In the referendum the majority in favour of devolution showed it was the "settled will" of the people. That does not mean the parliament is established in their affections. It will have to earn respect, and since the mother of parliaments at Westminster has clearly lost status in recent times, there is no guarantee that the Edinburgh assembly will command attention. In particular, it must be attractive to the young. Among the many fascinating aspects of next month's poll will be seeing whether more voters under 25 show up than in the election two years ago.
The parliament must go about its business in an open, accessible and practical way. Pupils encouraged to understand the world of work and themselves be enterprising will cock a snook at incomprehensible paraphernalia. In modern studies they should not have to face questions about a Scottish equivalent of Black Rod or learn that the first reading of a Bill is not a debate at all.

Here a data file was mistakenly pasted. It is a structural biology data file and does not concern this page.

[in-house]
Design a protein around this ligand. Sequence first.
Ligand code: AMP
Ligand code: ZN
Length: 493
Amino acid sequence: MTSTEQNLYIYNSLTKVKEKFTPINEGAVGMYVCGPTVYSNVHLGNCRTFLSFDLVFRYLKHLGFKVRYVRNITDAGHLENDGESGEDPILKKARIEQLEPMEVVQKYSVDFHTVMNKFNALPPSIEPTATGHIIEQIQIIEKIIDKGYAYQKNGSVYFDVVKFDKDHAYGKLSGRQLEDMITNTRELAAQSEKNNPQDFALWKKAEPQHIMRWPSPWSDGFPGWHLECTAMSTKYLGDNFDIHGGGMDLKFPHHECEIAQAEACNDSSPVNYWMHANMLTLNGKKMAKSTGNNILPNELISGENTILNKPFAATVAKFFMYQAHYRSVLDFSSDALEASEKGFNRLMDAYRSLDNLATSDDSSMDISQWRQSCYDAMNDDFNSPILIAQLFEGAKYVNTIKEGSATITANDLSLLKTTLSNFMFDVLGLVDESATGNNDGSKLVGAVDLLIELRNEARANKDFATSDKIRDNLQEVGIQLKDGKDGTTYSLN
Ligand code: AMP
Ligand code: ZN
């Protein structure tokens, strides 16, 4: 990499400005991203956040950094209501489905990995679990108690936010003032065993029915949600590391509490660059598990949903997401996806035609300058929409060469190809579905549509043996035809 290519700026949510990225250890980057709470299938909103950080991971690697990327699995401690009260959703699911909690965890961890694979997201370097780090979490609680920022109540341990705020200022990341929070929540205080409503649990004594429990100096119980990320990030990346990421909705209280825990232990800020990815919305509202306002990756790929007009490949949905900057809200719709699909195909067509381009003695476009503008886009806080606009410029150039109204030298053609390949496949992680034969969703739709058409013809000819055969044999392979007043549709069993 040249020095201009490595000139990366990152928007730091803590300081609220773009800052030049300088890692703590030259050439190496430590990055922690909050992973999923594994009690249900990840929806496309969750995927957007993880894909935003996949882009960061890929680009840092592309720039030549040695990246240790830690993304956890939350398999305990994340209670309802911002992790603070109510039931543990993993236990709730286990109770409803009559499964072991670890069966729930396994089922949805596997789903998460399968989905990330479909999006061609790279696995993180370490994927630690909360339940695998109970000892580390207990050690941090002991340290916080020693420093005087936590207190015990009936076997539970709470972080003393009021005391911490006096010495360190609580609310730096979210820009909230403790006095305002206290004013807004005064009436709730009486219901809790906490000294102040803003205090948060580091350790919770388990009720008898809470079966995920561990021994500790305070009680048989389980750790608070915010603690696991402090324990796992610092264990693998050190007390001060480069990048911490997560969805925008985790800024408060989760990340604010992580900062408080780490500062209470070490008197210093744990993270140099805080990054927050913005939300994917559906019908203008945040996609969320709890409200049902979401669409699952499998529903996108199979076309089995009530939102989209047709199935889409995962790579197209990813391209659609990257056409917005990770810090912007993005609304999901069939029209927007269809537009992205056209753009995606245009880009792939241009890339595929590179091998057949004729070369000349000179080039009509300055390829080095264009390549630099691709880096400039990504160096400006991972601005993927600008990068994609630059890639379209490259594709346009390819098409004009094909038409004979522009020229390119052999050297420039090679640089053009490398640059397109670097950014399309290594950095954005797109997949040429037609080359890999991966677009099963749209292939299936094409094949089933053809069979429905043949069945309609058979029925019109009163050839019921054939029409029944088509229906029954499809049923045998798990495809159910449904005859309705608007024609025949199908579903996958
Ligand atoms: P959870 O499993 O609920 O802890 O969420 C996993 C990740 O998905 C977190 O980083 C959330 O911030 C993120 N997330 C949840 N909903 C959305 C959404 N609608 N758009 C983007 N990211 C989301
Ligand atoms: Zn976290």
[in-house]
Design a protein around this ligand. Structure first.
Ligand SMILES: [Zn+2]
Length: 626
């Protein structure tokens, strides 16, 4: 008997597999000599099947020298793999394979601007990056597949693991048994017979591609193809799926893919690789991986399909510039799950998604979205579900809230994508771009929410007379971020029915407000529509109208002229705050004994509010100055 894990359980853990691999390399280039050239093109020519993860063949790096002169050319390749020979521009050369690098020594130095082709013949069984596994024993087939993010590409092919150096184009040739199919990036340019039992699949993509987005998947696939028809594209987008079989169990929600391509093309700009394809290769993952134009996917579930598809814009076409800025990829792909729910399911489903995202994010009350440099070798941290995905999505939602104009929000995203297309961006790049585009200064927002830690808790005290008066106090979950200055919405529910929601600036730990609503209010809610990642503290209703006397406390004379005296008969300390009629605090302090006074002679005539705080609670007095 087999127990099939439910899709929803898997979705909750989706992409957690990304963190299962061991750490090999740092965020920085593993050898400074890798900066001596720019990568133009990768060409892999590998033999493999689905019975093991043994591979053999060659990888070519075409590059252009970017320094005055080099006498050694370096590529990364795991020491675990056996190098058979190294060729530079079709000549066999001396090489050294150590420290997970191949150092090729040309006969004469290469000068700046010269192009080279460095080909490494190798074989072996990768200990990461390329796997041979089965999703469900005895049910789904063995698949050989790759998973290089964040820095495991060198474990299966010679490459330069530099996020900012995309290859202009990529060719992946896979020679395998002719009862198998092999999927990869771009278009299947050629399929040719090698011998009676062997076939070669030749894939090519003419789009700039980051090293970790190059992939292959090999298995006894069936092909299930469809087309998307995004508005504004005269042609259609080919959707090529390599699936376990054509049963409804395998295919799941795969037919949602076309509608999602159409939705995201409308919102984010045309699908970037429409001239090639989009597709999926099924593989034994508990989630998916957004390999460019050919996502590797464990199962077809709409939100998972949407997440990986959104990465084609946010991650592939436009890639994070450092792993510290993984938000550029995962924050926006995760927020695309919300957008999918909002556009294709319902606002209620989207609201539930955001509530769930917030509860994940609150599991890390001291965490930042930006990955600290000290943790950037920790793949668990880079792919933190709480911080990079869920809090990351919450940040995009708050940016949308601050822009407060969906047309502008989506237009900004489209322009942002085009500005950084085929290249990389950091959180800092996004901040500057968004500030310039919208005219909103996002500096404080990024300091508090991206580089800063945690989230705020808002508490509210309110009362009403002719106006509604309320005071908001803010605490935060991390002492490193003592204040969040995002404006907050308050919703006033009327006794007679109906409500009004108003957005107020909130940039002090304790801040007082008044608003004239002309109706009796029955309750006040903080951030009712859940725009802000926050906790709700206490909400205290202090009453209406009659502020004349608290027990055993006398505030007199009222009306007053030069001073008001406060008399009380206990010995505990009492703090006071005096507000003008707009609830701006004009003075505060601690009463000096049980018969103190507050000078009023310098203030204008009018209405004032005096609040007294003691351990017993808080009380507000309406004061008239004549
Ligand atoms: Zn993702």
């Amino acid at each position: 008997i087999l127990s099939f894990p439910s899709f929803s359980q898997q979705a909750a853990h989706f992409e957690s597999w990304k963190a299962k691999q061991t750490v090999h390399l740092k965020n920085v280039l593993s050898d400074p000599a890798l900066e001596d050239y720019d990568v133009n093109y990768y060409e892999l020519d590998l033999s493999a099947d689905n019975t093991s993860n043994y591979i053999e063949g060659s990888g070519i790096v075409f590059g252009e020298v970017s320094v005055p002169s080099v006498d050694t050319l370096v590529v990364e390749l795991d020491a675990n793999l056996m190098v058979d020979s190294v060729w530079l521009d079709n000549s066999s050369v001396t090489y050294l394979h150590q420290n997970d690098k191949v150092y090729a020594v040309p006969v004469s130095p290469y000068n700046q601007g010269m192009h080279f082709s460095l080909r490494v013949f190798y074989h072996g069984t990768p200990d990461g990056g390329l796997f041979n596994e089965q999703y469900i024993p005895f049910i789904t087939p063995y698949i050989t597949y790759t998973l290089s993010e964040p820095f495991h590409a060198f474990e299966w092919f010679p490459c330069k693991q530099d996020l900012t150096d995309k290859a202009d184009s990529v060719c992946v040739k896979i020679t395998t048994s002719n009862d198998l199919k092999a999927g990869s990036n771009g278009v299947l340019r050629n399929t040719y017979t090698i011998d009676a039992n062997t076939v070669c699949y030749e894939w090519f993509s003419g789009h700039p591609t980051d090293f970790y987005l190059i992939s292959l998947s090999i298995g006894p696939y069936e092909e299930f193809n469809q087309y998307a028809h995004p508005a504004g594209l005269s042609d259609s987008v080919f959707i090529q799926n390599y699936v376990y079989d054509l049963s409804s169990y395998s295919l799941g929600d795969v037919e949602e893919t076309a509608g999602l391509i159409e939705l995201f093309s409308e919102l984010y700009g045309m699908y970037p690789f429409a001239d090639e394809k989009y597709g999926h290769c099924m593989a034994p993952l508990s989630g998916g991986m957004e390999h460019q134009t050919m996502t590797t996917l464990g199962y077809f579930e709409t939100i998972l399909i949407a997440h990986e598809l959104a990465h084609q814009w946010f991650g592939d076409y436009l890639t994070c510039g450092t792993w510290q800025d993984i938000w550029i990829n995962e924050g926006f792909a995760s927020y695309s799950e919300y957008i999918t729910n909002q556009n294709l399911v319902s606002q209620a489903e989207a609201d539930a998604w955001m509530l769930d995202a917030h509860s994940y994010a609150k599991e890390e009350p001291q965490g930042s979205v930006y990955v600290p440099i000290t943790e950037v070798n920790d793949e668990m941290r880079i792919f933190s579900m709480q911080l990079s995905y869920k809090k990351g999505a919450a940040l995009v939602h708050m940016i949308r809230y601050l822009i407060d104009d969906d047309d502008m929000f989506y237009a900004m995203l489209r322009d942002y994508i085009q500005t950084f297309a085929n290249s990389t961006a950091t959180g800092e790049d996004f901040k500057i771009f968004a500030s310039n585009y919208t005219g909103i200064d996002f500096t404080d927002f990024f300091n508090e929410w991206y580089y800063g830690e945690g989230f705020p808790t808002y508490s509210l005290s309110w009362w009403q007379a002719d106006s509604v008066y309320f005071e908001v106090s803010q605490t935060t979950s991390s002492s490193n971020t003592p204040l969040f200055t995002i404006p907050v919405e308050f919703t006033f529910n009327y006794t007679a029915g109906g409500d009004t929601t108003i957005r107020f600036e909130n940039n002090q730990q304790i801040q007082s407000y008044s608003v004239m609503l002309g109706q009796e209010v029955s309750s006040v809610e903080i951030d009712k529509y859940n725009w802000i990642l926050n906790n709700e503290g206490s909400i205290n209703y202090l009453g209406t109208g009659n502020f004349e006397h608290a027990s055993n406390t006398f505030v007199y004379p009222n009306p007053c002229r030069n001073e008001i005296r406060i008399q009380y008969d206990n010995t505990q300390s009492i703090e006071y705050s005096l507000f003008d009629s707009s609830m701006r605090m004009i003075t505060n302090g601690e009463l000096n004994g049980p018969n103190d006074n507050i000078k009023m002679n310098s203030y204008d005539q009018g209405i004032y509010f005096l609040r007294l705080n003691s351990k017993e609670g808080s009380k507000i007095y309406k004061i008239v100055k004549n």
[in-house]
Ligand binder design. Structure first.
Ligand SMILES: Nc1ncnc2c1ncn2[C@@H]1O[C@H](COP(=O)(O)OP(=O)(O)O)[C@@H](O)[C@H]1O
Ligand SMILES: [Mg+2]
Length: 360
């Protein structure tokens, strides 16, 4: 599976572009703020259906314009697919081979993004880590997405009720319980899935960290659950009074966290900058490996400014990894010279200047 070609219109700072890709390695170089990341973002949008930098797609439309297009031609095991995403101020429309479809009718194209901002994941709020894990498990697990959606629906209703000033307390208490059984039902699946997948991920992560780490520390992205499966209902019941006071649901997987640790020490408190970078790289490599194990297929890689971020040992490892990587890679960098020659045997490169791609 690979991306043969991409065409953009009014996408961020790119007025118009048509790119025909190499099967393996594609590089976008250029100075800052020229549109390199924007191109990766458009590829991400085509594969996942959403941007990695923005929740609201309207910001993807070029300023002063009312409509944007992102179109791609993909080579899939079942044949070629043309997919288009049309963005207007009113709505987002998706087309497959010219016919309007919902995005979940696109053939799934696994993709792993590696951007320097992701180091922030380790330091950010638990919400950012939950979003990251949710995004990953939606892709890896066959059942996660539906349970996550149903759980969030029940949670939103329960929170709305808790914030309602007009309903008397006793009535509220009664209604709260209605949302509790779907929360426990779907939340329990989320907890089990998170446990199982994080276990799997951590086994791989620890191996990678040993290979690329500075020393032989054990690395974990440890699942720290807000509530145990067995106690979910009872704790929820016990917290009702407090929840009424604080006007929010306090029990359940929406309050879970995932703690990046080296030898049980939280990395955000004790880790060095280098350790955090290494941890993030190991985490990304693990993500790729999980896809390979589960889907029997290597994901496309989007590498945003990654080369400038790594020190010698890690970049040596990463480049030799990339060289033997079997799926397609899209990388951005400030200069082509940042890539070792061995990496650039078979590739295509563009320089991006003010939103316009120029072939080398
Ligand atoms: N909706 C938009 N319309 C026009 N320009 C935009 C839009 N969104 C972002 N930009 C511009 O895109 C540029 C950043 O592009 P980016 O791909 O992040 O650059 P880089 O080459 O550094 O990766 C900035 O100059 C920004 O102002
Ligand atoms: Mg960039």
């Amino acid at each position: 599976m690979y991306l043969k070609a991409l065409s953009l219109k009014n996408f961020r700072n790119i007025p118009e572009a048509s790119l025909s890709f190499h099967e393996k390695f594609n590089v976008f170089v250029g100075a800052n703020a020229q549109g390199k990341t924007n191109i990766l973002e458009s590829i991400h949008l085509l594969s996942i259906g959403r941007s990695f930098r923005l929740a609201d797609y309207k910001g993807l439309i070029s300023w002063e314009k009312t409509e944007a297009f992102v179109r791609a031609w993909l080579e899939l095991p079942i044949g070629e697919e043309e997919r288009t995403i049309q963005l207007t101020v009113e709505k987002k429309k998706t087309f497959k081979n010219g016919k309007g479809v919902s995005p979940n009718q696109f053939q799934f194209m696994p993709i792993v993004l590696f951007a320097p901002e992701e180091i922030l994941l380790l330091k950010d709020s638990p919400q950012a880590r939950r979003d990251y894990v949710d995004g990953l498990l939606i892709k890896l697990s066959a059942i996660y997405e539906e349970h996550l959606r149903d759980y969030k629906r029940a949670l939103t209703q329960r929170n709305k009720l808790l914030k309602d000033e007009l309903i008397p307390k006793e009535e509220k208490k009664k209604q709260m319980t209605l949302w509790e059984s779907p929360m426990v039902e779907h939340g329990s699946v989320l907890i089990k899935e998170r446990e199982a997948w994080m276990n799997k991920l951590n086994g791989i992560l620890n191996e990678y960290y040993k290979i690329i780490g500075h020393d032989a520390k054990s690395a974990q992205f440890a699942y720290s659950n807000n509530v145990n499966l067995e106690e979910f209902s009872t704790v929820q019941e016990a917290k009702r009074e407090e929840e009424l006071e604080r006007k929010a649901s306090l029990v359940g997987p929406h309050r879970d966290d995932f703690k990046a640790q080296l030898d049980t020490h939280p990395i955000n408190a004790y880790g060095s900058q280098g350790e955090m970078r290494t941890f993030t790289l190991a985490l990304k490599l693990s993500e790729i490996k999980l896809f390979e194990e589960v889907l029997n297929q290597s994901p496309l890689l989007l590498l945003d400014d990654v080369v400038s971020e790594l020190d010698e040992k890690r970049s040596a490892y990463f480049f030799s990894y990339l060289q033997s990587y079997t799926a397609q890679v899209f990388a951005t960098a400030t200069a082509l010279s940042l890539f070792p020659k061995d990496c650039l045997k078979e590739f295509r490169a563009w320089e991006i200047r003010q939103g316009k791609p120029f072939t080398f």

Schools will soon be awash with e-mail facilities. Pupils should be able to communicate easily with their MSPs. Distance from Edinburgh should be no obstacle to "owning" the parliament. School governance shows that when the reasons for a decision are in the open, it will be more readily accepted. Pupils will expect ministers and their officials to set a good example nationally.